In wine, not all mechanisms and dynamics related to the powerful expression of an ecosystem are perfectly understood. However, we know two things for sure.
First, in striving for the embodiment of the unmistakable “stamp” of a growing area, nothing matters more than protecting the unique properties of the ecosystem. Second, we are firm believers in the storied correlation between regenerative farming and low-intervention winemaking practices and the emergence of transcendent wines.
There is a simplicity to the rule of non-action in winemaking, relegating the role of the winemaker to the transparent facilitator of natural processes that are almost always self-regulated.
As the wines carve their own path with the twists and turns of the more unpredictable wild fermentations, confidence is key in staying the course of the natural outcome, and it is paramount not to rush to the conclusion that corrective interventions are necessary at the slightest opportunity.
A wild-fermented wine deserves every opportunity to complete its natural cycle by its own merit, and the promise of a wine intimately connected to its creating ecosystem is worth the risk.
On the crush pad and in the cellar, our winemaking practices have always aimed at expressing the specifics of each micro-site through organic hand-harvesting in small baskets. In that spirit, no yeast or nutrients are added to the must for the primary fermentation.
On top of the wild fermentations, no chaptalisation takes place, even in the event of low sugar content. In other words, the wines are made from the fruit in its original and natural state without any manipulations or standardization.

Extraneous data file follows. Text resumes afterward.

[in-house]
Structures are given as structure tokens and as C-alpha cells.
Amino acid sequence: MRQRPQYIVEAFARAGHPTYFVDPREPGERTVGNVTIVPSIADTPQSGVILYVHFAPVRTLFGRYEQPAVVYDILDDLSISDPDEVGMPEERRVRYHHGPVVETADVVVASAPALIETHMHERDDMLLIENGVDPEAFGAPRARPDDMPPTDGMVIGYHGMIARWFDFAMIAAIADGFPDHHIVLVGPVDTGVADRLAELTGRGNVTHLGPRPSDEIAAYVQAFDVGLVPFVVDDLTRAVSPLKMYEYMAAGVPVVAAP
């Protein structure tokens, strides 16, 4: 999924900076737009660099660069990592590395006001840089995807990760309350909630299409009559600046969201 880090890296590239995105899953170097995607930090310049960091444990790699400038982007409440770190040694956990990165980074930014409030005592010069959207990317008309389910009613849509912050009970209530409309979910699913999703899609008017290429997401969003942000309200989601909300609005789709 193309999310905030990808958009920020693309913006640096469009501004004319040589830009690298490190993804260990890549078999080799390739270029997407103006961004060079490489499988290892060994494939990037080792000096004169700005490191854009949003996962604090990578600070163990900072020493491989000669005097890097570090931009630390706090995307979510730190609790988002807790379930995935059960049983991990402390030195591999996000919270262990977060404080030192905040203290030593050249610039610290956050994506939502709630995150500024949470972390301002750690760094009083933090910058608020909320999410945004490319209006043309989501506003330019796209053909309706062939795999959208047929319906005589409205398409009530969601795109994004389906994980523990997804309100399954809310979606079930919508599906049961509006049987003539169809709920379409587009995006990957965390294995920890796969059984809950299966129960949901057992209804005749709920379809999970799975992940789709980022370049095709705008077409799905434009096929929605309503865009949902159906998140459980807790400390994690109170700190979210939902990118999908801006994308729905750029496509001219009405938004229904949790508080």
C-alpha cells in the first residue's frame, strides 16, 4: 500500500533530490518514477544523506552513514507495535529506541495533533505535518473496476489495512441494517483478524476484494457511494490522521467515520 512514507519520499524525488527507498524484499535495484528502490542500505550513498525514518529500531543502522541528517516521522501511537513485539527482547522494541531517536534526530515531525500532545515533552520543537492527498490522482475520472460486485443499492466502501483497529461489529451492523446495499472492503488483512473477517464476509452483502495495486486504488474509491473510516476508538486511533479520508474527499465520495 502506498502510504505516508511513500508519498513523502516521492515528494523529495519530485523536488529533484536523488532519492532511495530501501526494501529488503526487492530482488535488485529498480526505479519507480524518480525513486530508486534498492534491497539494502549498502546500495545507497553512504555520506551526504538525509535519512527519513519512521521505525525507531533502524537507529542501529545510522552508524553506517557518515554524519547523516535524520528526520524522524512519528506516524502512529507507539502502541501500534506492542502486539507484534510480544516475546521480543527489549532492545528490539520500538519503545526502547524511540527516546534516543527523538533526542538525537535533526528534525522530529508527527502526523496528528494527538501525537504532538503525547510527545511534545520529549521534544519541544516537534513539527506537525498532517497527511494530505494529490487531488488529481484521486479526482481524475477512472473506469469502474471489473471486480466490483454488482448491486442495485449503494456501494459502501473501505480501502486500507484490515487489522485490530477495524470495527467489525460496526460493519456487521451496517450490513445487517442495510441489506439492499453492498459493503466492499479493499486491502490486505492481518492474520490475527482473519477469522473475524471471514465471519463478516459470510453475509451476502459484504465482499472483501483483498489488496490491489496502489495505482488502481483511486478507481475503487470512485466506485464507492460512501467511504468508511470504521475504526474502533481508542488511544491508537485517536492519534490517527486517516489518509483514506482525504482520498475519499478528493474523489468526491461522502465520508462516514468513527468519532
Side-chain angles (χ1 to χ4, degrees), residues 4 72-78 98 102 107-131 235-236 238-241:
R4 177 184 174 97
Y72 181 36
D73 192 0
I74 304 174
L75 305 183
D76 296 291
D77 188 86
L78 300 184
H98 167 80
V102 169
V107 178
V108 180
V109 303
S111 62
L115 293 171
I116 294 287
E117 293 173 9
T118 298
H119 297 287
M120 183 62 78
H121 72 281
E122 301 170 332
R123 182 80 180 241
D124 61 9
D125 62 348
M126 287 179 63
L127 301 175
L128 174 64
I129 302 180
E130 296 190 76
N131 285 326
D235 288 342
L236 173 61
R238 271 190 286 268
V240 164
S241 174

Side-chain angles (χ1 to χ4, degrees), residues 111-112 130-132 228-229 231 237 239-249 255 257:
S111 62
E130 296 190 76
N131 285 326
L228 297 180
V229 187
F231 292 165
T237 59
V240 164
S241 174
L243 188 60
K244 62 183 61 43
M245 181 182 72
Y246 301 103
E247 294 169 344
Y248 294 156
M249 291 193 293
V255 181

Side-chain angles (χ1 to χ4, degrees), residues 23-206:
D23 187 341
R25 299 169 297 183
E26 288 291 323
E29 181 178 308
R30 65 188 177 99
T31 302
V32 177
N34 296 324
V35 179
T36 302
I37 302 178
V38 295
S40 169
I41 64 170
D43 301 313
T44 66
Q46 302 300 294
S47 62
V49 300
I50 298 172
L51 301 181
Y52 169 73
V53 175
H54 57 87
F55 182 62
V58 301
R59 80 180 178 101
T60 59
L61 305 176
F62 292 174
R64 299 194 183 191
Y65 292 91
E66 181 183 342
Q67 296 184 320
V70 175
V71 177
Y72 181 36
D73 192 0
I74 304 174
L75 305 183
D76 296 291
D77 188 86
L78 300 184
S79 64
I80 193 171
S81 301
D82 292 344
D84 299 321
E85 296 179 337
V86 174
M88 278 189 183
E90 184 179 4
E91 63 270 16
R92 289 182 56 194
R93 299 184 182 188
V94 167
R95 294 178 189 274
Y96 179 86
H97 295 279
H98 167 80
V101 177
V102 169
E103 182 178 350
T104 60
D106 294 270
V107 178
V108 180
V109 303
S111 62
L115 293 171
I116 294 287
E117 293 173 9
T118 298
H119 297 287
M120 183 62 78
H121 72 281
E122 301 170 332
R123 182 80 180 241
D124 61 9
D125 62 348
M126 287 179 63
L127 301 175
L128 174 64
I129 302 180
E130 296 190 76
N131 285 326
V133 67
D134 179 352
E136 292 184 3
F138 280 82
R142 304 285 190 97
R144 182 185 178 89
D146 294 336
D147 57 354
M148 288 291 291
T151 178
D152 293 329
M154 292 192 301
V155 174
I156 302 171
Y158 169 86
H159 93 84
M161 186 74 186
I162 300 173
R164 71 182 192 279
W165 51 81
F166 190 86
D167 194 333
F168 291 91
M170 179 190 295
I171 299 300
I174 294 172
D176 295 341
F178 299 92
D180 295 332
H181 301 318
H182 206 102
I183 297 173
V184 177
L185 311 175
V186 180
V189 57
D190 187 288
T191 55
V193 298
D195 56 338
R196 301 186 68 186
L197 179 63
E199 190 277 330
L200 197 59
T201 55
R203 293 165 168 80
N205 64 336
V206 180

Since 2015, malolactic fermentations have become more frequent, while older and cooler vintages display a youthful brightness preserved with the absence of malolactic fermentations.
Storage and fermentation vessels for the base wines include stainless steel, neutral 225L French Oak barrels, 600L Demi-Muids, and more recently 1900L concrete eggs.
So, what if a win-win beyond our wildest dreams existed in a very straightforward principle? It is our very own effort to reinforce our ecological resilience that supports the highest possible quality.
In a way, our goal is to have our cake and eat it too, as we are not substituting our quality aspirations for sustainability, but rather relying on sustainability to unlock unprecedented quality heights only achievable when our hearts and values are aligned, and the best interest of the biosphere comes first.
Jean-Benoit joined the team in the spring of 2008 and has more than two decades of experience in the wine industry, including 16 years in winemaking.
From his start with Casa Barranca, Santa Barbara County’s very first certified organic winery, to Vino Organico Emiliana, one of South America’s early certified biodynamic pioneers, Jean-Benoit’s body of work has exclusively helped the growth and progress of sustainable and ethical operations.
In order to assist Benjamin Bridge in releasing products that are unique and ahead of their time, Jean-Benoit’s primary focus remains the ongoing evolution of wine as a cofactor of our evolution as a biosphere and society.